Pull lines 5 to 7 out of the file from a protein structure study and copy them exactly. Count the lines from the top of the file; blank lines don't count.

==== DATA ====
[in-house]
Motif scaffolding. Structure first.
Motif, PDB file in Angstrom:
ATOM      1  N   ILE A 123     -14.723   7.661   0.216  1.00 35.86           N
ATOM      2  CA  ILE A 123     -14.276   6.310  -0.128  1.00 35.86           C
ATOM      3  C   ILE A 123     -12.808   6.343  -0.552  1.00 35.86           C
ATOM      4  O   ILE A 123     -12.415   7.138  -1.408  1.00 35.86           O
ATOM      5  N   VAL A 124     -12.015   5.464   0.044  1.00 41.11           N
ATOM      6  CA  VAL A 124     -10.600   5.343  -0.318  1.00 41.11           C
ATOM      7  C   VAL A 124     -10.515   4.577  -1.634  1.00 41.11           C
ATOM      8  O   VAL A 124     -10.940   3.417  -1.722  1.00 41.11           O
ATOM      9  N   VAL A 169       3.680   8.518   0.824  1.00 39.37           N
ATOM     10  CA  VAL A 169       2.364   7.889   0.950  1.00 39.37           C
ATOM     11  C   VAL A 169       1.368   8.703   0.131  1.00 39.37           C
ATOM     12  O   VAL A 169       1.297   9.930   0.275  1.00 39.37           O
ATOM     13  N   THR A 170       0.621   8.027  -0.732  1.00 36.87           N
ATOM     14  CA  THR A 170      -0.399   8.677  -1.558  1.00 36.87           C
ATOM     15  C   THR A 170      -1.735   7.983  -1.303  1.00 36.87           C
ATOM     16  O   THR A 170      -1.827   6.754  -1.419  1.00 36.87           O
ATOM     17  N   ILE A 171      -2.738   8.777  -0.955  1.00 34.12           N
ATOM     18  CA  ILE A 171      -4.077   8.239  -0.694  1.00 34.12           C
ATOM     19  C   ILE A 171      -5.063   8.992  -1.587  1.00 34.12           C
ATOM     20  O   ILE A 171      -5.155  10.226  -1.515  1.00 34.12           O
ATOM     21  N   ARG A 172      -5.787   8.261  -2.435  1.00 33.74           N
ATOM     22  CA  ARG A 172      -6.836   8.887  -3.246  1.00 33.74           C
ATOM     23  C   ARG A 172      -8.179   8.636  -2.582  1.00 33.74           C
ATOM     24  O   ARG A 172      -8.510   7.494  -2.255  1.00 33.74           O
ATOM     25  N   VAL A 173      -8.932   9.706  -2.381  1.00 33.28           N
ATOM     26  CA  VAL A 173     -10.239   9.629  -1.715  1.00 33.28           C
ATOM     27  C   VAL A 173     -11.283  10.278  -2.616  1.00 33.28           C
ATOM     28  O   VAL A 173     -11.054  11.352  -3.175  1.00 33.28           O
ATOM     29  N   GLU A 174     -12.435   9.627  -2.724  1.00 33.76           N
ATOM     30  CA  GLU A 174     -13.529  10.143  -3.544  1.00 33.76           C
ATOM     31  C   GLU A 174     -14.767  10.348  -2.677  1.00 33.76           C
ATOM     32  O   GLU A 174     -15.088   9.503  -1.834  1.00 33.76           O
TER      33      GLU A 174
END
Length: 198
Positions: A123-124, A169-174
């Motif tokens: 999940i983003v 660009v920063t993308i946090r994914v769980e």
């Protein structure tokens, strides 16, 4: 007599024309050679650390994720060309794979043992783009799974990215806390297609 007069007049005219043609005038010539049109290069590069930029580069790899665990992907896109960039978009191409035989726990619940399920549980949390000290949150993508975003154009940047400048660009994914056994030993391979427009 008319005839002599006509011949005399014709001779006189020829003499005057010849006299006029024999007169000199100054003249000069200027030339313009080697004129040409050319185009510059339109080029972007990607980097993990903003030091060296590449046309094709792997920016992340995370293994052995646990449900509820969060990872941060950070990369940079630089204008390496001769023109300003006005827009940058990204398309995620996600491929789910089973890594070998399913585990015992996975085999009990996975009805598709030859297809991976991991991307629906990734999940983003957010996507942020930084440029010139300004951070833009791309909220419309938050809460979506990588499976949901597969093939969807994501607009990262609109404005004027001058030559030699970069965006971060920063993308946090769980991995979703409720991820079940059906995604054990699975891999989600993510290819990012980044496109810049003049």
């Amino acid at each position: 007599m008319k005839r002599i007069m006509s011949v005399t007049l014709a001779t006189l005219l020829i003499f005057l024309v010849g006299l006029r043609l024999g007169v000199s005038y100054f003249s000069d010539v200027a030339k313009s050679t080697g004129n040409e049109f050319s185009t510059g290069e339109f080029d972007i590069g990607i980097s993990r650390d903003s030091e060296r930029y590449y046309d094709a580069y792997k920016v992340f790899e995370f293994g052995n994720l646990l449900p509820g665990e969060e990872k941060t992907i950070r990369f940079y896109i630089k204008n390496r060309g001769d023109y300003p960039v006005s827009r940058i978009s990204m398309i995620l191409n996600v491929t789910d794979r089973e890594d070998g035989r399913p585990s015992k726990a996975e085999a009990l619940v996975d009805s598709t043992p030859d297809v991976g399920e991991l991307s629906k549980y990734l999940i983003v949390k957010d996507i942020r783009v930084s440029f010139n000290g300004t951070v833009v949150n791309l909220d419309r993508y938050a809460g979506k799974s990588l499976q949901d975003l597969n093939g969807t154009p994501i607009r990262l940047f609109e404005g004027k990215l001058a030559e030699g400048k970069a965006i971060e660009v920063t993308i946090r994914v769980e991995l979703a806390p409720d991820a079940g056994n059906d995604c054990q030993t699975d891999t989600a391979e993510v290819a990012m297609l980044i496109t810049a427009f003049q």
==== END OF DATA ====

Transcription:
ATOM      2  CA  ILE A 123     -14.276   6.310  -0.128  1.00 35.86           C
ATOM      3  C   ILE A 123     -12.808   6.343  -0.552  1.00 35.86           C
ATOM      4  O   ILE A 123     -12.415   7.138  -1.408  1.00 35.86           O